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What Do Americans Think of Corbyn's Foreign Policy

21/09/2015 16:11 BST | Updated 21/09/2016 10:12 BST

Jeremy Corbyn is hardly a household name in the United States, but his election win has pricked some ears on this side of the Atlantic. Few US reports about Corbyn's victory have focused on his domestic goals. His economic and social policies are almost never mentioned except when contextualizing the new leader as a 'socialist'. Instead it is Corbyn's extreme foreign policy that is raising American eyebrows.

Corbyn's foreign policy is a melting pot of paranoia and contradictions that have alienated even the most leftward Americans. He is inherently suspicious of perceived US imperialism, a suspicion that has led him to support an odd mixture of terrorist organisations and despotic regimes. His endearing words for Hamas, Hezbollah, Iran and Russia come in contrast to a conspicuous silence when talking about Britain's natural allies. In particular his comparison of US military action and ISIS in Fallujah have been widely reported in the US, in none to endearing terms.

To the Americans I have talked to Corbyn is like an adolescent child rebelling against anything and anyone ordinary. Determined to support the under-dogs and rebels, paranoid that everyone else is hell-bent on imposing Neoconservatism. The problem is that the groups he has ended up supporting because of this contradicts many of the genuinely progressive ideals he claims to stand for.

By appearing on Iranian state TV, a country where homosexuality is punishable by death, Corbyn makes a mockery of his 'principled' stance against homophobia. When Corbyn calls for warmer relations with Russia, and describes Russian media as more 'objective' than its Western counterpart, he contradicts his defence for democratic causes. And when Corbyn calls Hamas - an organisation whose founding charter calls for the extermination of a race - "friends", he contradicts any suggestion he is anti-racist. These contradictions are all too noticeable to the American audience.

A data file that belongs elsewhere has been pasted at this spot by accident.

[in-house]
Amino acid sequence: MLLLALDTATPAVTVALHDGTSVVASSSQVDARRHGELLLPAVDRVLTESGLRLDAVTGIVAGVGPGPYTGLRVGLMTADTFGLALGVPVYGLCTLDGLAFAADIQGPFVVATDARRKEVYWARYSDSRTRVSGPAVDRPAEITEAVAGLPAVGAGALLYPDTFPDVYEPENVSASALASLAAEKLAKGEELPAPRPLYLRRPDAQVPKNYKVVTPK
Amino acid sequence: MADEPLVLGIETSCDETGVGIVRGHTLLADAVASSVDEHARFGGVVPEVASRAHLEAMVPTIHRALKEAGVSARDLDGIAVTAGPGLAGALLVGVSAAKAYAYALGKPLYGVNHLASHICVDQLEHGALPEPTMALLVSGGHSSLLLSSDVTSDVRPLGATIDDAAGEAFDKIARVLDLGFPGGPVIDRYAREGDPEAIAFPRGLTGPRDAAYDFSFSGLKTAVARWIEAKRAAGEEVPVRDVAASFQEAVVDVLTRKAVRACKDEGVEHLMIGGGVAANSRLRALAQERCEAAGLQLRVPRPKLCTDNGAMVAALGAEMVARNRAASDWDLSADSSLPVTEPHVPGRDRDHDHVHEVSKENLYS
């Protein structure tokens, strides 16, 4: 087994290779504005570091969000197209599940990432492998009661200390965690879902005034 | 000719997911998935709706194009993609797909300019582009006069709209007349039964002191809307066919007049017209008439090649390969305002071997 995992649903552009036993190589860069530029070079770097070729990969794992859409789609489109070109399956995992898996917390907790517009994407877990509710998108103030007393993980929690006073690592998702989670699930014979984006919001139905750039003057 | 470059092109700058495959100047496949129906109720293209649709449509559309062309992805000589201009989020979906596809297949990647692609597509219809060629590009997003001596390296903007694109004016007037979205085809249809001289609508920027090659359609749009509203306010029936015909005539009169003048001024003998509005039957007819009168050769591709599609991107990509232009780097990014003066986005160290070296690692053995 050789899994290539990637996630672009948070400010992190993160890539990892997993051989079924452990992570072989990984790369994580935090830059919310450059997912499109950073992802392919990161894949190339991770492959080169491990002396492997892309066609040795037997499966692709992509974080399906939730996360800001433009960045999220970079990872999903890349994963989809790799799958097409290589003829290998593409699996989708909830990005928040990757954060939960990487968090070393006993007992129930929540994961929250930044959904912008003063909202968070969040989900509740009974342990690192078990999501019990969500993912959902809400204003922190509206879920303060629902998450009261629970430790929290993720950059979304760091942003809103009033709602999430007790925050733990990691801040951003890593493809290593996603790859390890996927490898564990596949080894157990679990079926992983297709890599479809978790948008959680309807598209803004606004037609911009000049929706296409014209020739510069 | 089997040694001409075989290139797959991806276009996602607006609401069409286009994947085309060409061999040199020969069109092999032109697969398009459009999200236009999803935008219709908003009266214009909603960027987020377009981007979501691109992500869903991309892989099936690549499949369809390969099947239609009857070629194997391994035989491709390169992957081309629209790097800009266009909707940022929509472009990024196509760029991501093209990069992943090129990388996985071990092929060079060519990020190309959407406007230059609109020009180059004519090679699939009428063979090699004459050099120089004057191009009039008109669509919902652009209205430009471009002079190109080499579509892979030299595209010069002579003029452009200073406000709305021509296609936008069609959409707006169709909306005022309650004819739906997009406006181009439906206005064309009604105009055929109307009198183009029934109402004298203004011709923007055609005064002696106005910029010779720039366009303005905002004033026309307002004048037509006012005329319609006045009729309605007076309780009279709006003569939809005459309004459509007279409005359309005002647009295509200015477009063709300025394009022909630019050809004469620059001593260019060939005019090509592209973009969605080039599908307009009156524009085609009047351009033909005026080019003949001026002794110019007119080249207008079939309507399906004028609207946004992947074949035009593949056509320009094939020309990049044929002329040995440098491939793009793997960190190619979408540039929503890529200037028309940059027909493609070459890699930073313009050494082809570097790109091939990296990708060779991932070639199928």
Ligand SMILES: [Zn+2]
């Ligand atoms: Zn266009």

Such contradictions are typical of Corbyn's Labour, convinced that their answers are not only undeniably correct, but morally absolute.

There are credible grievances within the Corbyn camp and I am by no means claiming the US or Israel is flawless in everything it does. The problem is that if you end up in a pattern of defending anti-establishment groups simply because they are positioned against the traditional status-quo you end up shielding a world-view which contradicts your own.

"If our global alliances are going to be alliances with Hezbollah and Hamas and Hugo Chavez's Venezuela and Vladimir Putin's Russia, there is absolutely no chance of building a world-wide alliance that can deal with poverty and inequality and climate change and financial instability, and we've got to face up to that fact." said Gordon Brown during the Labour leadership campaign.

Here's a controversial perspective for Labour's conspiracy theorists: I believe we should side with democratic countries, which endow their citizens with rights. We should promote and work towards representative politics and economic progress. This means dropping the anti-American nonsense and respecting Israel, the only functioning democracy in the Middle East, not resolutely, but at least objectively. We should stand up for our allies, as well as looking for solutions with our enemies.

Mr Corbyn could do with a gentle reminder that there is no grand conspiracy; no US-Israeli plot for global domination; no secret group determined to impose capitalism on the world. It is time Corbyn's Labour stepped out of its cartoon world and into the complexities of real life geo-politics.

When I was a student I sat through several lectures which dissected the nature of Western democracy. The discussions came up with some interesting arguments: Democracy works for the rich who are far more likely to vote, leading to inherently unfair policies; Regular elections create unstable countries without the ability to long-term plan, etc.

Sitting in the room you could easily conclude that a benign dictatorship was preferable to a healthy democracy. This is an exciting path to go down, you feel intellectually superior, as if you have discovered the faults in everyone else's logic, seen the light, so to speak.

But, don't let the blood rush to your head, you have not. If the alternatives to democracy and capitalism were superior to what we have, would we not have adopted them by now? If Russia, Iran and Hamas were better strategic partners than America and Israel, would we not have partnered with them long ago? The British people are not ignorant, they have considered the alternatives to the way things are, and en-masse, over hundreds of years, elected to keep broadly the same set of values, ideals and allies.

Perhaps it is time Labour stopped fighting against the way things are, and started aiming for practical, progressive steps to improve them. Maybe then they could move from being a party of contradiction and protest towards one of governance with respect on both sides of the Atlantic.